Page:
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Unauthorized internet reseller of plaintiff’s products is not guilty of trademark infringement, and does not cause actionable initial interest confusion, by using plaintiff’s trademarks in meta tags of website at which plaintiff’s and its competitors’ products are sold, and in...

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Ty Inc. v. Ruth Perryman

306 F.3d 509 (7th Cir., October 4, 2002)

Reversing the decision of the court below, the Seventh Circuit Court of Appeals holds that a reseller of "Beanie Babies" did not violate the Federal Trademark Dilution Act when she used plaintiff Ty Inc.'s "Beanies" trademark in the title and domain name of her web site, at which site approximately 80% of the toys offered for sale are used "Beanie Babies" manufactured by Ty.

Plaintiff Ty Inc. ("Ty") is the manufacturer of a line of bean bag stuffed animals it markets under the trademarks "Beanie Babies" and "Beanies."  Defendant Ruth Perryman operated a web site at the domain, which site is titled "Bargin Beanies."  Eighty percent of the toys Perryman offers for sale at her site are used "Beanie Babies" manufactured by plaintiff.  The remaining twenty percent of her products consist of competing children's toys manufactured by others, including "Planet Plush" and "Rothschild Bears." Defendant's site contains a disclaimer that states that it is not affiliated with plaintiff.

Claiming that defendant's activities constitute a violation of the Federal Trademark Dilution Act, plaintiff commenced suit.  The court below agreed, granted plaintiff summary judgment, and issued an injunction, enjoining defendant from continuing to use plaintiff's "Beanies" mark in the domain name of her site.

On this appeal, the Seventh Circuit reversed.  The Court found that plaintiff's "Beanie Baby" and "Beanies" marks were famous, and that defendant Perryman had used them in Interstate commerce, perquisites to a Federal Dilution claim.  The court held, however, that defendant's actions constituted neither a blurring nor tarnishment of plaintiff's marks, nor any other actionable form of dilution.  Federal dilution laws cannot be used to bar a reseller from using plaintiff's marks in the resale of plaintiff's used products.  Said the Seventh Circuit:

None of the rationales we have canvassed supports Ty's position in this case.  Perryman is not producing a product, or a service … that is distinct from any specific product; rather, she is selling the very product to which the trademark sought to be defended against her "infringement" is attached.  You can't sell a branded product without using its brand name, that is, its trademark.  Supposing that Perryman sold only Beanie Babies … we would find it impossible to understand how she could be thought to be blurring, tarnishing, or otherwise free riding to any significant extent on Ty's investment in its mark.  To say she was would amount to saying that if a used car dealer truthfully advertised that it sold Toyotas, or if a muffler manufacturer truthfully advertised that it specialized in making mufflers for installation in Toyotas, Toyota would have a claim of trademark infringement. …  Perryman's principal merchandise is Beanie Babies, so that to forbid it to use "Beanies" in its business name and advertising (Web or otherwise) is like forbidding a used car dealer who specializes in selling Chevrolets to mention the name in his advertising. … We do not think that by virtue of trademark law producers own their aftermarkets and can impede sellers in the aftermarket from marketing the trademarked product. … This case is unusual because, given Perryman's status as a seller in the secondary market created as a result of Ty's marketing strategy, we cannot imagine a state of facts consistent with the extensive record compiled in the summary judgment proceeding that could possibly justify an injunction against Perryman's representing in her business name and Internet and Web addresses that she is doing that she has a perfect right to do, namely sell Beanie Babies.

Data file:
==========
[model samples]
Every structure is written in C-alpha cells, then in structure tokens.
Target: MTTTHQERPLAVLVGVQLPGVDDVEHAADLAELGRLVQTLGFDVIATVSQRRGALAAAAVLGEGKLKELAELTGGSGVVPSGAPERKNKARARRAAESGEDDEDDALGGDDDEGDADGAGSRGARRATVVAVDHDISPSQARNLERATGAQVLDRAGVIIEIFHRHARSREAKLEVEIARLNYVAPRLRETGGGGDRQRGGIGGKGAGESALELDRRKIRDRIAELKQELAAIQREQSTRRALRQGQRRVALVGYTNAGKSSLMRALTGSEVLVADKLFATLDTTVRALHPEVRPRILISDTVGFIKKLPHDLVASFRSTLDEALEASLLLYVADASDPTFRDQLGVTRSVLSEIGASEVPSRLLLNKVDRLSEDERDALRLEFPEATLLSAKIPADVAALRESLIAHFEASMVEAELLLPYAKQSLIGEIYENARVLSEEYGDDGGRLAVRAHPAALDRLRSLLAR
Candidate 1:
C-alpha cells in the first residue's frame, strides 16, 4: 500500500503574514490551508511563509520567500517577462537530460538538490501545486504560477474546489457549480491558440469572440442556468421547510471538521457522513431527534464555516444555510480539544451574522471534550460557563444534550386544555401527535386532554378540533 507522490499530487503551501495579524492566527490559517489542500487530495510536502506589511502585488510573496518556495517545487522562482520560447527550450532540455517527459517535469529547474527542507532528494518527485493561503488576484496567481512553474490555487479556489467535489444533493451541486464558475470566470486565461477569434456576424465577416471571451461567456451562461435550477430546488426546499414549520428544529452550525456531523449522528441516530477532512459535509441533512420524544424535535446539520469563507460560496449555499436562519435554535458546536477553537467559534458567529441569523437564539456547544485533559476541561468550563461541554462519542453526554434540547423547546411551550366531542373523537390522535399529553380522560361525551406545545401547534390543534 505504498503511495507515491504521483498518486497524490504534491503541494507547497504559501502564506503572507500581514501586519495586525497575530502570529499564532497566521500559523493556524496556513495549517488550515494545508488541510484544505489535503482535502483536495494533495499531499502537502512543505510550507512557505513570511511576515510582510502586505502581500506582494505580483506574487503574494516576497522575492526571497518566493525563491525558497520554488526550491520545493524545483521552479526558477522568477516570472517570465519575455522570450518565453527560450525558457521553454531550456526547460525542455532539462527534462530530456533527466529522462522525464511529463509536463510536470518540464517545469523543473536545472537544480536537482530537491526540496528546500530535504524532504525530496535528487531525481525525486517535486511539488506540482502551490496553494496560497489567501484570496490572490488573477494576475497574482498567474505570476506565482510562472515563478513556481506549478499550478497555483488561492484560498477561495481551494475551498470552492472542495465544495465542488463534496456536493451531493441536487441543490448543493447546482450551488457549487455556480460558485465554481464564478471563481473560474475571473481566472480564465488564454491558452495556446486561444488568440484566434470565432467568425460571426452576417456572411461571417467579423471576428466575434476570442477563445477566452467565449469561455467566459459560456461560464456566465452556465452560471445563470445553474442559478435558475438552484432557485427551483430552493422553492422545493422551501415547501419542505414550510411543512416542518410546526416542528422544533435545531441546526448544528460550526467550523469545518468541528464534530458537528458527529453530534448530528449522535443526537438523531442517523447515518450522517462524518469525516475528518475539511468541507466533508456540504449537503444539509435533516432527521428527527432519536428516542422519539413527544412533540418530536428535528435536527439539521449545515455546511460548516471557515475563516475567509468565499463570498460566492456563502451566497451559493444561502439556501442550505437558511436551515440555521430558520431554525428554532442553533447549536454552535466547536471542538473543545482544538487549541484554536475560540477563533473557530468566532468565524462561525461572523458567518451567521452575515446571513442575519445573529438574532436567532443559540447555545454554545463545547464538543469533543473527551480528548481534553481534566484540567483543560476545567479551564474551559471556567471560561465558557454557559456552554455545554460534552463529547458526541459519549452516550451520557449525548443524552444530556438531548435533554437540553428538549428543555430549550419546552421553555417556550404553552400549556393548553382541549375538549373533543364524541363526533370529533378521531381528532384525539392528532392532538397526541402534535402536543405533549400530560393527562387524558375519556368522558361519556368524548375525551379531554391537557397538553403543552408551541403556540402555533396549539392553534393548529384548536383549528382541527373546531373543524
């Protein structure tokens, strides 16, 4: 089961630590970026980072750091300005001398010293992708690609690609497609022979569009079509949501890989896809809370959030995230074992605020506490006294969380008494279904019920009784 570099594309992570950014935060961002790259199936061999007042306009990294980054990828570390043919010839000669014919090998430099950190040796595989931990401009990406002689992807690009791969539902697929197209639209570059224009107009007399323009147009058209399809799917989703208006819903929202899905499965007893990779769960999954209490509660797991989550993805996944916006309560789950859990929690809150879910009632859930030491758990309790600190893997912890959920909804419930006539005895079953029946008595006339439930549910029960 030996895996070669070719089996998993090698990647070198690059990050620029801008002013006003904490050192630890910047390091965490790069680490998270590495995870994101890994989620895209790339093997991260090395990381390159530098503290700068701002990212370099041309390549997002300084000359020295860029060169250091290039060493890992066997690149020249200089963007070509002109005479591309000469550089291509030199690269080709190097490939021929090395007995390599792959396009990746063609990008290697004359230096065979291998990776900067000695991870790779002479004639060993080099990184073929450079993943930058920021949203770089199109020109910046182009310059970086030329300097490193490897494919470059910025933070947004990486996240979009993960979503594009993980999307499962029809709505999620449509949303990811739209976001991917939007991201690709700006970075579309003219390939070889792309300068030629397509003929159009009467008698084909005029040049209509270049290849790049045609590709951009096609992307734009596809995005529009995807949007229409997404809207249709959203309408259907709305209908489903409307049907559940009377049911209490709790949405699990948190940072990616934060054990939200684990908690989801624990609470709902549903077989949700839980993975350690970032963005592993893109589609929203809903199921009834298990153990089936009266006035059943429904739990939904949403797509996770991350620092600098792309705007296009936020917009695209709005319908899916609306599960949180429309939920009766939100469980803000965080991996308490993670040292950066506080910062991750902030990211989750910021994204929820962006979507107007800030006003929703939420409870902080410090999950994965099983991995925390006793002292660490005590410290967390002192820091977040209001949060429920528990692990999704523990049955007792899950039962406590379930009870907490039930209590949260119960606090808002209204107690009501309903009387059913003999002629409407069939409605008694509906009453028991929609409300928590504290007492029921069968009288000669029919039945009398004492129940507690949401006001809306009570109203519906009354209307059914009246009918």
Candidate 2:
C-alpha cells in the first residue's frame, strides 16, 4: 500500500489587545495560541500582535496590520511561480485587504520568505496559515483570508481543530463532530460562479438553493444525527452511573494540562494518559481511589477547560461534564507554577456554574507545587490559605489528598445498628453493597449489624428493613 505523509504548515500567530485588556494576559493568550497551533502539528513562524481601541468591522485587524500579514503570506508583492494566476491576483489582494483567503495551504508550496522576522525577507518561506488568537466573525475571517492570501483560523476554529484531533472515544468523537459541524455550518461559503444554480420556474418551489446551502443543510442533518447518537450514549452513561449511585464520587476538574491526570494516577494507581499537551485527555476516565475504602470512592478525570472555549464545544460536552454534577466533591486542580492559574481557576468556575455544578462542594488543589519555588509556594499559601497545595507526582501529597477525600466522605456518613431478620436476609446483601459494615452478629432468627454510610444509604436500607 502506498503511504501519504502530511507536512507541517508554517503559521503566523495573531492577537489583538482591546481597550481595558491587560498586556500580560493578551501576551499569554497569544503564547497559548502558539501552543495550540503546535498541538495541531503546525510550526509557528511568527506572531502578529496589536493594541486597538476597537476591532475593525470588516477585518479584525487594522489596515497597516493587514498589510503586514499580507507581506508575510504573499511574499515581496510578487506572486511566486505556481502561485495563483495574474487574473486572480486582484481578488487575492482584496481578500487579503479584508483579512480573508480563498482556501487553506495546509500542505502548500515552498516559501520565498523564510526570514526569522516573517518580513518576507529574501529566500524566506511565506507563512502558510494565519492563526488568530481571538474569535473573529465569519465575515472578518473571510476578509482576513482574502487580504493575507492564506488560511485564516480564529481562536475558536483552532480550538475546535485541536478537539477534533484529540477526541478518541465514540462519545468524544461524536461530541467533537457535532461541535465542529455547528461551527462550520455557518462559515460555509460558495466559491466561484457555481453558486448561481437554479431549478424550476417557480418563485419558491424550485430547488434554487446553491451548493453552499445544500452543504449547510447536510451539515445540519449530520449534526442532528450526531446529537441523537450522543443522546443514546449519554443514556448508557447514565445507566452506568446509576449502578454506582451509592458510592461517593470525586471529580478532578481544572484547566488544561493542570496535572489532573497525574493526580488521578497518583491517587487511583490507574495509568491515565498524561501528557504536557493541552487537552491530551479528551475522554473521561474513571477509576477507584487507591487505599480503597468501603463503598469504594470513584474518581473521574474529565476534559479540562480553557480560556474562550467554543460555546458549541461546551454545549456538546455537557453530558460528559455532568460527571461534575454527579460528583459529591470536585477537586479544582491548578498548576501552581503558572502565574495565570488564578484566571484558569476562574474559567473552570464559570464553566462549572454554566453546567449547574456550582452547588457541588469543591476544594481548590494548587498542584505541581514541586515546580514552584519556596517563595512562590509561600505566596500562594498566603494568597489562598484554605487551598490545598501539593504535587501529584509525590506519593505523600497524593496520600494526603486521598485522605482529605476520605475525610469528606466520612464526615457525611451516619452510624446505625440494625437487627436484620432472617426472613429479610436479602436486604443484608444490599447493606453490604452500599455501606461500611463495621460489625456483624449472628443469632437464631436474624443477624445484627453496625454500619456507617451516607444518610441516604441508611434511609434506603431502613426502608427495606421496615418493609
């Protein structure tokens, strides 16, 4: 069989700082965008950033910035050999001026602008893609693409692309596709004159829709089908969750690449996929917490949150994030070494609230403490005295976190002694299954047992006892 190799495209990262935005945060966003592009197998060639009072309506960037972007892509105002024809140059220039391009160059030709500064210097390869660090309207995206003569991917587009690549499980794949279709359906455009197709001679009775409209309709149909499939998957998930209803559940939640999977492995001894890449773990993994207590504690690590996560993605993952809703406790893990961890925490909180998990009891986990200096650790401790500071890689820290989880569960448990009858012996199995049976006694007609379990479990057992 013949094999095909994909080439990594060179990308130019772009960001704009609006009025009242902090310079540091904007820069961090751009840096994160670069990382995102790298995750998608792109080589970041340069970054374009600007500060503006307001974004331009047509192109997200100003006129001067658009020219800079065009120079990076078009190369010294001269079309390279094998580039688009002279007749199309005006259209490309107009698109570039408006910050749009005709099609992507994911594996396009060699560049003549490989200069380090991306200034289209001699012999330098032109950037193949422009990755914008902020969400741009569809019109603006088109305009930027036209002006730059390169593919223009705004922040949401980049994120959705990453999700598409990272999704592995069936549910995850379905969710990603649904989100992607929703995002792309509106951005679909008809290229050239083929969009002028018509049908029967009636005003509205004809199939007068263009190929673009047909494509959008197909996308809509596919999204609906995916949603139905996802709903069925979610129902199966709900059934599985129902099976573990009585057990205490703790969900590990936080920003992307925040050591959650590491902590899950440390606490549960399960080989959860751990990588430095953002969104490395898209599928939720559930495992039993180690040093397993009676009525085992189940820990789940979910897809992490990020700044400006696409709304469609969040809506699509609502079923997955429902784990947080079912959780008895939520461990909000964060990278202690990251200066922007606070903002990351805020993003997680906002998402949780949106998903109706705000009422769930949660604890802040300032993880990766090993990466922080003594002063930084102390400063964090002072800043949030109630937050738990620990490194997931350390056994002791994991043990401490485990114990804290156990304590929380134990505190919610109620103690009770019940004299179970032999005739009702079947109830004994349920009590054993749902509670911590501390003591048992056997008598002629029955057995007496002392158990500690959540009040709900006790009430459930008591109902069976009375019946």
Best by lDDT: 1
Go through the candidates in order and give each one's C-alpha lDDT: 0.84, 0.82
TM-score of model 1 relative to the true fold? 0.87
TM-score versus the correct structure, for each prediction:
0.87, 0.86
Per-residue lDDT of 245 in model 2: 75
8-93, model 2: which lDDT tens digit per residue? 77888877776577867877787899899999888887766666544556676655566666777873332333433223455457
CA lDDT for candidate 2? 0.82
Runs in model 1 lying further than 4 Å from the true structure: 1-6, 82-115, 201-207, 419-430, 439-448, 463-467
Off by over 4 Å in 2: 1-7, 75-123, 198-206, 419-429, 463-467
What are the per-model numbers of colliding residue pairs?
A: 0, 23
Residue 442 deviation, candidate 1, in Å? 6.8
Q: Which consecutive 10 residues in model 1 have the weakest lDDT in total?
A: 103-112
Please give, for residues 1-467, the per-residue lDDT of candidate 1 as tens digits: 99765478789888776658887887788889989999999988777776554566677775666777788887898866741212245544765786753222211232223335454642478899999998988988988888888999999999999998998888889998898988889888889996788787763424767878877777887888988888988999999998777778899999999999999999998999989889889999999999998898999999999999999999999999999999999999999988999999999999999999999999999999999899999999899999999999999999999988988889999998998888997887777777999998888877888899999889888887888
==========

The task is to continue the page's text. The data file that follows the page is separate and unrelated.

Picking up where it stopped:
In reaching this conclusion, the court relied, in part, on the fact that Ty's marketing strategy included the creation of a secondary market in its products, in which market pent-up demand for products produced in limited supply would raise their prices.

Lastly, the Seventh Circuit affirmed so much of the decision of the court below which prohibited Perryman from using the phrase "Other Beanies" to describe the products of competitors sold on her site.  Such a description was "false advertising" and hence actionable.

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